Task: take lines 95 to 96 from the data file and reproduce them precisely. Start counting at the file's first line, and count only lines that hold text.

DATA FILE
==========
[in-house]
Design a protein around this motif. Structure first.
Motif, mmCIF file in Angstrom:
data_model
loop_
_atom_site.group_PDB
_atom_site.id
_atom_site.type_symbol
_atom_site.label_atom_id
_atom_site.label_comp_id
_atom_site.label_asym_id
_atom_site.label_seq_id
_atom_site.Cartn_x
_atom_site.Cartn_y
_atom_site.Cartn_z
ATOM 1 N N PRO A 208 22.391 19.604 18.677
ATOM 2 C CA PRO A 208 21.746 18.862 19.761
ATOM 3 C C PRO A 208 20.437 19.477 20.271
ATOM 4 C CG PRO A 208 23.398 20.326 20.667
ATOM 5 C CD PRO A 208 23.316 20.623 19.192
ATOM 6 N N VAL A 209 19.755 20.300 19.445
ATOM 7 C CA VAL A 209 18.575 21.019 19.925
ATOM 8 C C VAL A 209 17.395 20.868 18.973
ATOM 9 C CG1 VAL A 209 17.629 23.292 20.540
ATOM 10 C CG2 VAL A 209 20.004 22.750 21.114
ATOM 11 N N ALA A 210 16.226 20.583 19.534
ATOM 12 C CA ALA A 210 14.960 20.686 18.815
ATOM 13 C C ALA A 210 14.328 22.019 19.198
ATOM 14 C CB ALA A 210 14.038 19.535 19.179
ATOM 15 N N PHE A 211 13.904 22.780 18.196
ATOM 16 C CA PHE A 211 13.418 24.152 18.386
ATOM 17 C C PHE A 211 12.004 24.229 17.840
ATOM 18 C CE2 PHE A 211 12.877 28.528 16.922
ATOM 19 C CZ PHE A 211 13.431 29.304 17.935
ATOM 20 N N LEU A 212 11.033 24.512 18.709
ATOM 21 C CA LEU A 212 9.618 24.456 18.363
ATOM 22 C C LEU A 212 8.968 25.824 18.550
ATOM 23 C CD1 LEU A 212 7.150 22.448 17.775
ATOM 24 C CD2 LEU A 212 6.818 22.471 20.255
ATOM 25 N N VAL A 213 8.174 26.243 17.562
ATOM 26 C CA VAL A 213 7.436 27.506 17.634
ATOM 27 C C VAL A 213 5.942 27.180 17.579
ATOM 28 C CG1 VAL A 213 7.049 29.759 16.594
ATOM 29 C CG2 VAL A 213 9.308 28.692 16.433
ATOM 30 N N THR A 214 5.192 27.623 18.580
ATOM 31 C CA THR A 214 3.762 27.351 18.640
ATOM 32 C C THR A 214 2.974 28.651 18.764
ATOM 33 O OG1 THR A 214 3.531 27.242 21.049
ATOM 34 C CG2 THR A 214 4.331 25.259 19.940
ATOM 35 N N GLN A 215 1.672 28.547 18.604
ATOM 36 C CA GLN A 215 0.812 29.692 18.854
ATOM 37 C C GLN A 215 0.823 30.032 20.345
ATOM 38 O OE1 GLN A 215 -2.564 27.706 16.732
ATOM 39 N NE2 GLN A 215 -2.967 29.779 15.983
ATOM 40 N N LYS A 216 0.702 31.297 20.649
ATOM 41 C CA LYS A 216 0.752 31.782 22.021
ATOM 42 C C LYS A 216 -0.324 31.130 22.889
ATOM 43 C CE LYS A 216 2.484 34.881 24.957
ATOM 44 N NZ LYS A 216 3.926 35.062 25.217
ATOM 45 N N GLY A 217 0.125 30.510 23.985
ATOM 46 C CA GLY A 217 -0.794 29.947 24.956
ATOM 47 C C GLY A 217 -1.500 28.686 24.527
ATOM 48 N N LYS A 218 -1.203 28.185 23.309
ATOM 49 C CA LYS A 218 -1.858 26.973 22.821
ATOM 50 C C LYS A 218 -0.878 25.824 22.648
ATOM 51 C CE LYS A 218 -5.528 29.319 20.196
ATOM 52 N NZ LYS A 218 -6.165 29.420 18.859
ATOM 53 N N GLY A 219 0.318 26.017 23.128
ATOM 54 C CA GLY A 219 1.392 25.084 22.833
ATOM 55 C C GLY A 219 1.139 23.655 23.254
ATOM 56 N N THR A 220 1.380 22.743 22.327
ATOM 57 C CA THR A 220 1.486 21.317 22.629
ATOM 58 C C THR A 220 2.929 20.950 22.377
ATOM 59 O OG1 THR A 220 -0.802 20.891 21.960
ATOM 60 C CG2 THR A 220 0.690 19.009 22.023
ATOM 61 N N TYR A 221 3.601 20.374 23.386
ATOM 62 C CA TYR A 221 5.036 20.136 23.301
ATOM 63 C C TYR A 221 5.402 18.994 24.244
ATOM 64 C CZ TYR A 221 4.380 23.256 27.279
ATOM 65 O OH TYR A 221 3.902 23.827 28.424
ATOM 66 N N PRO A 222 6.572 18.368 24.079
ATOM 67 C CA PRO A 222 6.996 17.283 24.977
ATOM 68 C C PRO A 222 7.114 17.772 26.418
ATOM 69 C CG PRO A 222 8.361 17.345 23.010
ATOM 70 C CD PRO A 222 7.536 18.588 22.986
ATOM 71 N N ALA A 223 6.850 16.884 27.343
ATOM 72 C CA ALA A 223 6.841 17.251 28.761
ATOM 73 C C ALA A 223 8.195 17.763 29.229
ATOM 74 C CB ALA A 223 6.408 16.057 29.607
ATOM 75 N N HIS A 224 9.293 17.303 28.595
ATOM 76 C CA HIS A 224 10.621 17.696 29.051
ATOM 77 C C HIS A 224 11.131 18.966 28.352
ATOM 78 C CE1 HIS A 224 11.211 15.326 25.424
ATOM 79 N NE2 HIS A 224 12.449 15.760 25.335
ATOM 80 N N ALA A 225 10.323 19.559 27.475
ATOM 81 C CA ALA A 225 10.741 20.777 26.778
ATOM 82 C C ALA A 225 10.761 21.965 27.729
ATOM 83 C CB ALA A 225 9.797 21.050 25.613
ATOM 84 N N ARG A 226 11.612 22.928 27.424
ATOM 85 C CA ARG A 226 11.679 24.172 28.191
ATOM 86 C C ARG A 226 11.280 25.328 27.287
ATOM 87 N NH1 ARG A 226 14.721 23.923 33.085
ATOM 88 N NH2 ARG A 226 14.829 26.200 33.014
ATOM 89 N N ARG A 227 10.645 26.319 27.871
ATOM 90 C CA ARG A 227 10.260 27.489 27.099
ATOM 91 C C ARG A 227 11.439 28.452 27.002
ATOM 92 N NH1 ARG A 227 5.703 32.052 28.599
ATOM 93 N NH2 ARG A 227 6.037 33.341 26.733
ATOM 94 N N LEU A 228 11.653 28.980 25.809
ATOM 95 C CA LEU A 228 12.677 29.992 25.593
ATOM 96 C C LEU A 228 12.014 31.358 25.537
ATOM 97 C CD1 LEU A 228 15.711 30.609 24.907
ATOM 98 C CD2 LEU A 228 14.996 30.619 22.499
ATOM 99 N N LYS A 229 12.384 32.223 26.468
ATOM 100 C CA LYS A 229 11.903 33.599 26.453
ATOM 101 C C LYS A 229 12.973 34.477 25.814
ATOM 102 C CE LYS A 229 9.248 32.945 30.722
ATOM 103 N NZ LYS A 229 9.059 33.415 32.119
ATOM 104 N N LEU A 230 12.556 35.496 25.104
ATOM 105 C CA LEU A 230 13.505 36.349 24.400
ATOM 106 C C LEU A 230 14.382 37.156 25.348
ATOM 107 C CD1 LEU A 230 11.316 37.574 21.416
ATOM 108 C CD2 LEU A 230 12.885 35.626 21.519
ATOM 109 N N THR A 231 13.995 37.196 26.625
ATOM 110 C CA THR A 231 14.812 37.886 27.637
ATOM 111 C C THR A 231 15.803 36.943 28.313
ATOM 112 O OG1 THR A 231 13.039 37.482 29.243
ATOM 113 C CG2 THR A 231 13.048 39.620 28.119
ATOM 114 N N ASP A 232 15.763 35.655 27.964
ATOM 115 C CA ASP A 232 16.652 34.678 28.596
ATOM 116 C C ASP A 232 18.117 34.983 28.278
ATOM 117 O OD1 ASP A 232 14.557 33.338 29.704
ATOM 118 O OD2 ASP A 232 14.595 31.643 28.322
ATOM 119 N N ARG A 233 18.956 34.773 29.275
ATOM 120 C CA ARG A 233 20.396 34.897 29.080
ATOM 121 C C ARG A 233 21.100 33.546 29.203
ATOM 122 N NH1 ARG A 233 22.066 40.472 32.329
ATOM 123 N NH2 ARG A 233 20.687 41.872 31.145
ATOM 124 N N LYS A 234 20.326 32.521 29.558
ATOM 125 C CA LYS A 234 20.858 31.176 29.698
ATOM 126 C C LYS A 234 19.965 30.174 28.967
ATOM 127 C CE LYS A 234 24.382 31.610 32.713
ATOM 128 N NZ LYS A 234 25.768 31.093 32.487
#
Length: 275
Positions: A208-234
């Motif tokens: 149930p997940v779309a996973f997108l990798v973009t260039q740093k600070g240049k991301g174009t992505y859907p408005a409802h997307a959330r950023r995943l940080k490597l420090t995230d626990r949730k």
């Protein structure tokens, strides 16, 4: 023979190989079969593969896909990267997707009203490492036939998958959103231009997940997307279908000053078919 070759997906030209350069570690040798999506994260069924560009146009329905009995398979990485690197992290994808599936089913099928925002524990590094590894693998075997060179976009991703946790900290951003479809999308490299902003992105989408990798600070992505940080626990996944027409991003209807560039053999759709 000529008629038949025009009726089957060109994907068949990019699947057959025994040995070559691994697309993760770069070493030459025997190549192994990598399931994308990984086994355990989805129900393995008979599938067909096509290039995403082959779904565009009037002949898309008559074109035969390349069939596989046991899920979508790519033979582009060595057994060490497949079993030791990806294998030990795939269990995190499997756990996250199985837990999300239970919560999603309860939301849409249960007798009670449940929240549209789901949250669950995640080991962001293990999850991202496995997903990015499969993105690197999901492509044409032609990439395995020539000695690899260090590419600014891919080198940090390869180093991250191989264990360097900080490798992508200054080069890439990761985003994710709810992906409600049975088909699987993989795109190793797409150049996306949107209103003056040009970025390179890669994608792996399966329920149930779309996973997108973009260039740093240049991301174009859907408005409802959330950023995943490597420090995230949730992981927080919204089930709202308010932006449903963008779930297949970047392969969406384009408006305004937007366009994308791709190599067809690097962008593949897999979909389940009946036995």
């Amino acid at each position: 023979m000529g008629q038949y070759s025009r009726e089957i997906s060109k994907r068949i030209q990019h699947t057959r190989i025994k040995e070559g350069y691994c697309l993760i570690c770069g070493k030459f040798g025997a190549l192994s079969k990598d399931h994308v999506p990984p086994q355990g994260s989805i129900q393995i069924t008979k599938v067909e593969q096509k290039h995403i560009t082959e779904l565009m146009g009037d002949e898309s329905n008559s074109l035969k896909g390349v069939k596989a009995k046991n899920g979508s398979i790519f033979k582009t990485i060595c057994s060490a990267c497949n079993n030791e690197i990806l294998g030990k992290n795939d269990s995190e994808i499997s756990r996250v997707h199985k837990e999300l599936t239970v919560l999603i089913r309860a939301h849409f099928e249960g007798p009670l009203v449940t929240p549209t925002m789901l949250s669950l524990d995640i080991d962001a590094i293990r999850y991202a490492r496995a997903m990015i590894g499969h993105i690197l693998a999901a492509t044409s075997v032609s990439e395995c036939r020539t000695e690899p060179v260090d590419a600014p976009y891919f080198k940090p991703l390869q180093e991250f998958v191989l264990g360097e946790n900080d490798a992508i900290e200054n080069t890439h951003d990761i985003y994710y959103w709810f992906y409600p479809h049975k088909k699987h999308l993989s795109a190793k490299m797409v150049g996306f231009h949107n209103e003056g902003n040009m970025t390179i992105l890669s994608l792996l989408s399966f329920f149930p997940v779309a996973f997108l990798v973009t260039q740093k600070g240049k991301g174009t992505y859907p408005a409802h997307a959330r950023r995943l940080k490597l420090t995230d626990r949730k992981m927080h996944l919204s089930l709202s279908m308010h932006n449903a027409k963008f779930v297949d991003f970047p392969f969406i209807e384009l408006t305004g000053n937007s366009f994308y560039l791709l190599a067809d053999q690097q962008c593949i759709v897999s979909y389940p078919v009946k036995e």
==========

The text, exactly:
ATOM 80 N N ALA A 225 10.323 19.559 27.475
ATOM 81 C CA ALA A 225 10.741 20.777 26.778